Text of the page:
ERROR TO THE DISTRICT COURT OF THE UNITED STATES FOR PORTO RICO.
MR. JUSTICE VAN DEVANTER delivered the opinion of the court.
The judgment here to be reviewed is one awarding damages to a widow for the death of her husband, caused by an electric shock received while he was adjusting an incandescent light in his residence in San Juan, Porto Rico. The case presented by the evidence produced upon the trial, which was to the court and a jury, was this:
The defendant was supplying the inhabitants of San Juan with electricity for lighting purposes, and had engaged to deliver at the deceased's residence a current suitable for lighting it. The electricity was conveyed along the street in front of his residence by a primary wire carrying a current of 2,200 volts, and by means of parallel or multiple converters the current was reduced to 110 volts and then carried to his residence and those of his neighbors by a secondary wire. These wires and converters were owned and controlled by the defendant, and the wiring and fixtures in the residence of the deceased were owned and controlled by him. On the occasion in question the current carried by the secondary wire, and by it communicated to the wiring in the residence of the deceased, became in some way greatly and dangerously increased in voltage, and it was because of this that he received the fatal shock. Had this current been maintained at substantially its normal standard, as was contemplated, it would not, in the circumstances, have done him any injury. He was not responsible for the increased voltage, and neither did he have reason to expect it.
There were no outside electric wires in that vicinity save those of the defendant, and the increased and dangerous current could only have come from its primary wire. About the time of the shock to the deceased two of his neighbors had trouble with a like current in their houses. One received a shock which felled him to the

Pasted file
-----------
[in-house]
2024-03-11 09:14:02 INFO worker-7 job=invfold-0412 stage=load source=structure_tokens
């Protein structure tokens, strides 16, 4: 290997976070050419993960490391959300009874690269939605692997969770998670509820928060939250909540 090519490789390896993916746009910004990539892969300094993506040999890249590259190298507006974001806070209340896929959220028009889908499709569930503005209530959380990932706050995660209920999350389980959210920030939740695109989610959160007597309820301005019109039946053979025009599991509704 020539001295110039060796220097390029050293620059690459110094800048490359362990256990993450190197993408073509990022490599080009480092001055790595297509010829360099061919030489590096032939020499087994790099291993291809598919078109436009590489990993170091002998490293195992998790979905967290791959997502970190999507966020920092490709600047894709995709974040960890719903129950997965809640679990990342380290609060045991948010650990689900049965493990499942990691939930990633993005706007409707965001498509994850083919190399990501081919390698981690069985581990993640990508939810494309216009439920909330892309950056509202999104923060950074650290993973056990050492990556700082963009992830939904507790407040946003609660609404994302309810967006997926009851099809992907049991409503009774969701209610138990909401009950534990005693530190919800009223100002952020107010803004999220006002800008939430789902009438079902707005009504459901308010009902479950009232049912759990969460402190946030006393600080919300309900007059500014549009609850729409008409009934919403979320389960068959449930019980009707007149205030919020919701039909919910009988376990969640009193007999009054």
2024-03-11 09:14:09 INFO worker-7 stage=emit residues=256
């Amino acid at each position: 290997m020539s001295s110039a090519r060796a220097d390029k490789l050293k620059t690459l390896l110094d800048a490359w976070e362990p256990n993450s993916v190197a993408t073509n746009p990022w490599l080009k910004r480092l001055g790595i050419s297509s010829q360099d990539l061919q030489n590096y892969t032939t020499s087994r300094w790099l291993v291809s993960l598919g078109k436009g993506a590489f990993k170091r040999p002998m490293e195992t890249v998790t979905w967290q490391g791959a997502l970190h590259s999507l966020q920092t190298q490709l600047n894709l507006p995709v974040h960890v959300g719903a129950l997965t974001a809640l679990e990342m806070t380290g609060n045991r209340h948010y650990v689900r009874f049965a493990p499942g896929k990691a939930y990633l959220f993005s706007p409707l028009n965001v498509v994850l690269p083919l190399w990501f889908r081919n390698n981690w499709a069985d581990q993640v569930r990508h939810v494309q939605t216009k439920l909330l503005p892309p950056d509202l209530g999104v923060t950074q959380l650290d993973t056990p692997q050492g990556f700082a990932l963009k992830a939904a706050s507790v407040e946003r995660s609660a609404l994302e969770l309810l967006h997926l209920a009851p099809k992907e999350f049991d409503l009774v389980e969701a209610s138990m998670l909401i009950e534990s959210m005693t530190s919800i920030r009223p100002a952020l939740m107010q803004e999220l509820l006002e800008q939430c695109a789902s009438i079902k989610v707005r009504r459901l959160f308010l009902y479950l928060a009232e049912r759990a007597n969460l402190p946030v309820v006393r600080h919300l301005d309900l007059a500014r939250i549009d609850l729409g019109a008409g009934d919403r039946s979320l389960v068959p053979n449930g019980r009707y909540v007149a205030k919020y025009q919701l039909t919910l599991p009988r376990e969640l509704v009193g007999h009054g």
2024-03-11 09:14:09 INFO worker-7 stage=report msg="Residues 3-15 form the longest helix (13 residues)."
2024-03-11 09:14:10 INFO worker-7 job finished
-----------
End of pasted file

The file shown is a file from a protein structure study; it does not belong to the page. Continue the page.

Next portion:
floor and rendered him unconscious, and the other found the wires in his shop flashing, and on coming in contact with one of them was made unconscious and burned so that he was taken to a hospital for treatment. Shortly thereafter it was found that the ground or protecting wire leading from one of the converters to the earth was broken or severed and that the other converter was heated and out of order, the insulation being charred.
There was testimony tending to show that on the day preceding these shocks the primary and secondary wires and the converters had been examined by the defendant's inspector and found in good condition, but this testimony was greatly impaired upon the cross-examination of the inspector, who then said: "My inspection consisted in seeing that the poles and overhead trolley lines were in good condition. I just walked along and examined each pole, but did not climb them. When I came to the transformer [converter] I did not climb the pole and didn't look at the fuses. . . . No, sir; on that day I didn't look at the transformer any closer than I could see it from the ground. . . . There is no way you can tell from looking at the outside of the transformer whether it is in good condition or not."
There was also testimony tending to show that the wiring in the deceased's residence was not properly insulated or in good condition, but there was no claim that the defendant was responsible for this, and neither was there any evidence that the fatal shock resulted therefrom.
Much of the testimony was addressed to the questions, whether a current of unusual and dangerous voltage was communicated from the defendant's wires to the wiring in the residence of the deceased, and, if so, whether this resulted from negligence of the defendant in failing to exercise appropriate care in the maintenance and inspection of its wires and converters. This testimony was
admitted without objection, both parties tacitly treating it as within the issues.
That the fatal shock resulted, without fault of the deceased, from an unusual and dangerous current carried to his residence by the wires of the defendant was so conclusively established by the evidence that that part of the case might well have been covered by a peremptory direction to the jury; leaving them to determine, under appropriate instructions, the question of ...